Monday, February 8, 2016

Massachusetts and New Hampshire

In December we met a friend at the Peabody-Essex Museum in Massachusetts—a great place. The exhibit we saw was all about Strandbeests, which are wind-driven kinetic sculptures created and evolved over the years by the Dutch artist/inventor/philosopher Theo Jansen. Above I have drawn a few of the feet and part of the sail of one of the operational pieces in the exhibit. In the background are parts taken from older, non-functioning beasts. The parts are displayed like fossils. The sculptures are created from thin PVC pipe.

Here’s a link to a video of these creatures in action. There are many, many more videos out there on the Web, along with links to offshoots of the species developed (with the artist’s encouragement) by followers from around the world.

The exhibit has now moved on to Chicago, where it can be seen through May 1st. Jansen’s full international schedule is available here.

One day I drove past our town green and spotted this dragon made of snow.
I put a few sparrows in for scale. I feel quite sure I know who made this temporary sculpture.

A couple of days later, our town’s winter carnival began with the annual Dinner With Jack Frost, a progressive dinner on the town green featuring food donated by local restaurants. And by a famous chocolate company with New Hampshire roots, Lindt!

I drew in the dark and the cold with soft vine charcoal, with touches of yellow added at home. The white paper becomes the snow.

The next four drawings were created on my iPad with a digital art program called Drawing Pad. It is made specifically for children. Perhaps that is why I love to use it.

We can see this one house through the woods. The snow on the roof is just visible through the tree trunks. I purposely made the window look like it is floating in space.

Our woods are filled with trees that are oddly misshapen. A severe ice storm in 1999 knocked off many branches. In most cases the trees survived and sprouted new branches to take over.

Doesn’t this drawing look like it was drawn with a soft pencil? No, it’s a digital version of pencil.

In the winter we see a lot of beautiful colors in the east at sunset. The ridge lights up with gold, and the sky often is filled with pink clouds.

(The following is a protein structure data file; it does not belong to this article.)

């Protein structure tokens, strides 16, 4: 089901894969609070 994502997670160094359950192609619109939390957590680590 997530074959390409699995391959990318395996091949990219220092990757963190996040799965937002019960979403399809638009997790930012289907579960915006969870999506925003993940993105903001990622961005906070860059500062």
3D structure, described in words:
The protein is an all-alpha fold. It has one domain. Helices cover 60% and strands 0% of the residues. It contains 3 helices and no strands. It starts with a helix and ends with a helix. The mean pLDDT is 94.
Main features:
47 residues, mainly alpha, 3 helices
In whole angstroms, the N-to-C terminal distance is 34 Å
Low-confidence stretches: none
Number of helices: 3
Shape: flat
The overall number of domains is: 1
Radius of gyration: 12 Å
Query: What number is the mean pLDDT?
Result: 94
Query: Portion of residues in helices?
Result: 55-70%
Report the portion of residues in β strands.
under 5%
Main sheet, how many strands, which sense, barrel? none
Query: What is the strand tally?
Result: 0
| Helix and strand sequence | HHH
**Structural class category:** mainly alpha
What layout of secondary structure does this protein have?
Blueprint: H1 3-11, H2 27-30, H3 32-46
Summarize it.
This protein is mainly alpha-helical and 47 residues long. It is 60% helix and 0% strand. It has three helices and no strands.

And a brightly colored gerbera daisy to finish this month’s post. 

Friday, January 1, 2016

New Hampshire, Connecticut, and California

Pleasant Lake is beautiful in the winter too. We live at the far end of the lake, but we pick up our mail here at a small post office.

A tiny salmon colored sunset is just beginning. The picnic table patiently waits for spring, and fun family events.

A few days before Christmas we drove to Exeter, New Hampshire on the coast. It was still warmish with no snow cover. Our usual restaurant was too crowded, so we wandered on and found another called 11 Water Street. Which we liked even better. It has a better view too. I am all about views as you can imagine.

 And here we have the view of the mill pond from my chair. These wooden clapboarded homes were probably once boarding houses for the mill workers. The mills used the water power to produce cotton textiles in the 1800s

Water Street Bookstore in Exeter is one of the delightful local bookstores that carries my book with drawings of every town in New Hampshire.

 Thanksgiving Day we enjoyed a wonderful meal prepared mostly by my brother’s mother-in-law, Elma May

After the meal, as a sort of dessert for myself, I got permission to draw our host’s enormous HO gauge model train layout. I liked the station building in the foreground as it has enough detail to look real.

 I drew a few tracks but soon just focused on the trains and buildings that appealed to me. Jon, the man in charge of this mini world, told me it is meant to be the rail yards in southern New Jersey in the 1950s. He liked my efforts.

This is the fourth time I have drawn the Tuba Christmas concert here in New London. As you can see, it is an all tuba/euphonium event—although they have been known to allow the occasional interloper, most recently a double bass (AKA a ‘wooden tuba’). I only drew four of the musicians in the front row. There were many more.

 The players show up in seasonally silly hats, and this characterizes the general tenor of the event. Fun all around! I found it humorous that I couldn’t see the faces of the musicians, but just their head gear and their hands.